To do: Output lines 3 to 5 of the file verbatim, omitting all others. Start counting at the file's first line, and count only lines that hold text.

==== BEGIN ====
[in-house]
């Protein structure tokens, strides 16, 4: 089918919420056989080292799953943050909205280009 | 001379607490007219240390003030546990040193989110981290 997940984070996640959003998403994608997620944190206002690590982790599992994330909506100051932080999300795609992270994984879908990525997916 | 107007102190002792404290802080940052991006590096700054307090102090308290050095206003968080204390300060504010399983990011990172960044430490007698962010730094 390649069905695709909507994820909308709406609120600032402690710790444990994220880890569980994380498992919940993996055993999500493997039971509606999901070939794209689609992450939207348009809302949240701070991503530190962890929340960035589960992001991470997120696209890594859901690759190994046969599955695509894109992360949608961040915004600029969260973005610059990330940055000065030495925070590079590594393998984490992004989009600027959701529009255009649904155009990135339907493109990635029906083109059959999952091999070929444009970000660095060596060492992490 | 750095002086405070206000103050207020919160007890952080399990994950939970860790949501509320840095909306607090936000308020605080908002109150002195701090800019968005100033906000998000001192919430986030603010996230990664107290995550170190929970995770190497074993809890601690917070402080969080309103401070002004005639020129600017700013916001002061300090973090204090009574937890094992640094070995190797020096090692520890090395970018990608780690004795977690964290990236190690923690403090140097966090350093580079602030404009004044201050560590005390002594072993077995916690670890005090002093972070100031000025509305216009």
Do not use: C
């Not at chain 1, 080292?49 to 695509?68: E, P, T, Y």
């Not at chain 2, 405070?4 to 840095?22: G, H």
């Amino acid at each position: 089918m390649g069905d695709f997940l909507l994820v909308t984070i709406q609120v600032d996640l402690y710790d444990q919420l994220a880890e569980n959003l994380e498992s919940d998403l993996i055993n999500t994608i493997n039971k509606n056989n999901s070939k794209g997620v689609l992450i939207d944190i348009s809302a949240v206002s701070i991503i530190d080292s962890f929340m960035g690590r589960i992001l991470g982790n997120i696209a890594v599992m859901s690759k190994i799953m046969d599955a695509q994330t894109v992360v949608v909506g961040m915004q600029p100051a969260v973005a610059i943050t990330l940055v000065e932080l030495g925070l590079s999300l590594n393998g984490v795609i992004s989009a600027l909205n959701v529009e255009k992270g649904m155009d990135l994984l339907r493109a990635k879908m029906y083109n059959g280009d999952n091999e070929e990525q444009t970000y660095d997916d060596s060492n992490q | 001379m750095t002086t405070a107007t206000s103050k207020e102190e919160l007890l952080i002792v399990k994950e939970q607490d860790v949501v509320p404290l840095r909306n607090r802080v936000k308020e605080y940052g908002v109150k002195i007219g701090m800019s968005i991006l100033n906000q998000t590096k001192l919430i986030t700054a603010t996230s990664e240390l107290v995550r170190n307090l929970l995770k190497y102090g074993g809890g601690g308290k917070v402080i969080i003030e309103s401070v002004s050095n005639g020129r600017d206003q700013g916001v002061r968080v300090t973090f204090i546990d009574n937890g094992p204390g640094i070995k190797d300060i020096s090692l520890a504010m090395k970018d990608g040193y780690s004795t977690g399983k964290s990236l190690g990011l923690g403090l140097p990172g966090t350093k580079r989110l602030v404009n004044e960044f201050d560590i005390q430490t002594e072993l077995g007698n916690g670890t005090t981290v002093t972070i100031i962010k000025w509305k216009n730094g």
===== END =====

Do not use: C
């Not at chain 1, 080292?49 to 695509?68: E, P, T, Y």
């Not at chain 2, 405070?4 to 840095?22: G, H």